Diaries make marvellous radio. R4's original Dear Diary was good, but the series became diluted and insipid. The idea behind Messages to Myself is to take little-known, living diarists and confront them with their earlier selves. So far, at least, it is excellent. On Friday the second programme was about Sally Sedgman, who began her first five-year diary in 1956, when she was the plump, bespectacled daughter of a bookie, growing up amongst the crumbling grandeur of the Anglo-Irish ascendancy, keeping careful note of how much gin the adults consumed and squirming at the housekeeper's greeting: "Ah, Miss Sally, sure you be powerful fat."
Amongst many other risible adventures, Sedgman described her brief, perilous career as an air hostess with a tiny airline. Her only qualification was half a Red Cross course in bandaging the wrist, but the pilot, flying alarmingly high in an unpressurised plane, would ask her to walk casually up and down and see if people's lips were turning blue. The Sedgman voice is so posh as to be nigh incomprehensible, but she sends herself up with style. She had me hooting with laughter.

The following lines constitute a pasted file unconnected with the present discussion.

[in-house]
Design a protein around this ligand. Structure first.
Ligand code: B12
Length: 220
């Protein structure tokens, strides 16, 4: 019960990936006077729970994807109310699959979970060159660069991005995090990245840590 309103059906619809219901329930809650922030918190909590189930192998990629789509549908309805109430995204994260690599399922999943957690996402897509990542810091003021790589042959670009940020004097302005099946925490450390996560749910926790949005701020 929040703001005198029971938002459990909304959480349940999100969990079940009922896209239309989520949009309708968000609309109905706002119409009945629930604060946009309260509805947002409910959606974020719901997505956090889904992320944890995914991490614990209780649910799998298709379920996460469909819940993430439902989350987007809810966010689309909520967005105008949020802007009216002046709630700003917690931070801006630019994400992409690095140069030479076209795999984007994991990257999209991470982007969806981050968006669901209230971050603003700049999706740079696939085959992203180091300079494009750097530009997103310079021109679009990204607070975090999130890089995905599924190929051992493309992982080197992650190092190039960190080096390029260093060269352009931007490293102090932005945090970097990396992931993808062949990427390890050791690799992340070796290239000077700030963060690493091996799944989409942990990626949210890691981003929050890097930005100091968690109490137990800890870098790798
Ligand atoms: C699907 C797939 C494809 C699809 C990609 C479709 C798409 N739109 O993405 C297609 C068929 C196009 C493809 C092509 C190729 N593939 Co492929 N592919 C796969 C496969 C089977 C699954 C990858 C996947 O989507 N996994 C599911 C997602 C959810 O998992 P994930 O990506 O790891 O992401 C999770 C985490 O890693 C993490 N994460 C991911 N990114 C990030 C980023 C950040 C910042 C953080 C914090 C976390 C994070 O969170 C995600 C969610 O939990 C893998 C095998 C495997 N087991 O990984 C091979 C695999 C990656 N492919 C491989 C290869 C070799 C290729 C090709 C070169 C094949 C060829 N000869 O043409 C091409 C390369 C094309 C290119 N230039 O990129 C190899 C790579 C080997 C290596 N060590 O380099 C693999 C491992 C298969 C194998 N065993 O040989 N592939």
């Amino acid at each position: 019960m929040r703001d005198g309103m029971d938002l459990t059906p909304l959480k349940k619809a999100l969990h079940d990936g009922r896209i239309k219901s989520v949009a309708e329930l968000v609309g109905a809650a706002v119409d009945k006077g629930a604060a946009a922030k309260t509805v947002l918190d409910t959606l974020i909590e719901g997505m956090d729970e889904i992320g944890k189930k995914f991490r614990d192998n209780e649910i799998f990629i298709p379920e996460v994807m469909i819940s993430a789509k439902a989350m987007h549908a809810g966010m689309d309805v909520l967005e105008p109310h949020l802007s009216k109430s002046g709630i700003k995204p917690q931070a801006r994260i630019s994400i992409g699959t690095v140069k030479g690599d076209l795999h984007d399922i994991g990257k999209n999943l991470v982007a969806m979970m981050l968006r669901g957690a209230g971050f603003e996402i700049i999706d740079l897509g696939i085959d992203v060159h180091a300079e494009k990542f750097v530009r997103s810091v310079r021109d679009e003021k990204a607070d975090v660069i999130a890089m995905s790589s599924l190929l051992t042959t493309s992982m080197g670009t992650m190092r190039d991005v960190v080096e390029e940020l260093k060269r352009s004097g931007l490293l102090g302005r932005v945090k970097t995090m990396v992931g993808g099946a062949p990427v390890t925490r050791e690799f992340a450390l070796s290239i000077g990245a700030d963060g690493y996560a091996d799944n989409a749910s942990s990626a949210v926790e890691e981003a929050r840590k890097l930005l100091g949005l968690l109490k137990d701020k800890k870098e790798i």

Which is more than The Lipman Test (R4) managed. It is as funny as a slipped disc. Maureen Lipman's production team, known as "we" - though you'd bet she's not with them - go to Frinton. "Harwich for the continent," intones Lipman, "Frinton for the incontinent. Oh, please ... ". Well, Maureen, you didn't have to say it, but you were right to heave it out of the old comics' cupboard: poor and exhausted as it is, it was the best - the only - joke in the programme.
"We" interviewed some tennis players who were not particularly young. We tried to stir up some controversy, or bickering at least, about tournaments and partnerships but the players were genial, harmless and, in fact, quite nice. We should have given up and gone to Harwich, or the continent, or anywhere. Instead we stayed there attempting, with dogged persistence, to be risque about balls. Oh please ...